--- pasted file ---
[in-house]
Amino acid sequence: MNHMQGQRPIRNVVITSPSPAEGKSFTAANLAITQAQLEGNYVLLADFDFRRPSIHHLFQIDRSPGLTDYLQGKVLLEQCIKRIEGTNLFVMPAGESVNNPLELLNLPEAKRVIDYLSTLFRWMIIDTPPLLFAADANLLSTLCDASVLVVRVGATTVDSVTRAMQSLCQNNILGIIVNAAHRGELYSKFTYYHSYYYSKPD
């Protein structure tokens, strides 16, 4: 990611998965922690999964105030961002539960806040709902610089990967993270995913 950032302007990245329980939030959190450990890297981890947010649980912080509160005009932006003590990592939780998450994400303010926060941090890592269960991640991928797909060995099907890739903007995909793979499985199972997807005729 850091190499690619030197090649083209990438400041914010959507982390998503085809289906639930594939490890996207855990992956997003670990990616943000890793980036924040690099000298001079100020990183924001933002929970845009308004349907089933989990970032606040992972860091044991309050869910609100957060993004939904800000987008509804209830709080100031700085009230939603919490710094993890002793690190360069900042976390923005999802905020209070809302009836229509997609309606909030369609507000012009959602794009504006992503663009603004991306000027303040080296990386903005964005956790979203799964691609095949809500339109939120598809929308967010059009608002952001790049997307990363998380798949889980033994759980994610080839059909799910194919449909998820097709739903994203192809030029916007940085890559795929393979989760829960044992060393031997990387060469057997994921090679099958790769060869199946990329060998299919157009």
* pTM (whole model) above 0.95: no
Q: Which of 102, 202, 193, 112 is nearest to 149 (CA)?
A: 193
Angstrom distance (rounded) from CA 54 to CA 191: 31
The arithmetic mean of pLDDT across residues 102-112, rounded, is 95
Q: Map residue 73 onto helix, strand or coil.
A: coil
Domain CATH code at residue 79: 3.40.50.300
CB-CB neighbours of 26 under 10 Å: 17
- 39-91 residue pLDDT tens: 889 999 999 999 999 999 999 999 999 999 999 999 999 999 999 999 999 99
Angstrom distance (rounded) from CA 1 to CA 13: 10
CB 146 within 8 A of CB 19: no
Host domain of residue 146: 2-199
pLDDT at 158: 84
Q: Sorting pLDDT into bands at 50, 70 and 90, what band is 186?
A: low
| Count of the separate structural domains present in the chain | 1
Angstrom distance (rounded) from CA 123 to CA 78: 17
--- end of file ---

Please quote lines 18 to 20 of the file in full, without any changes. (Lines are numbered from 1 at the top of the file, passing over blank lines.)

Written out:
Q: Sorting pLDDT into bands at 50, 70 and 90, what band is 186?
A: low
| Count of the separate structural domains present in the chain | 1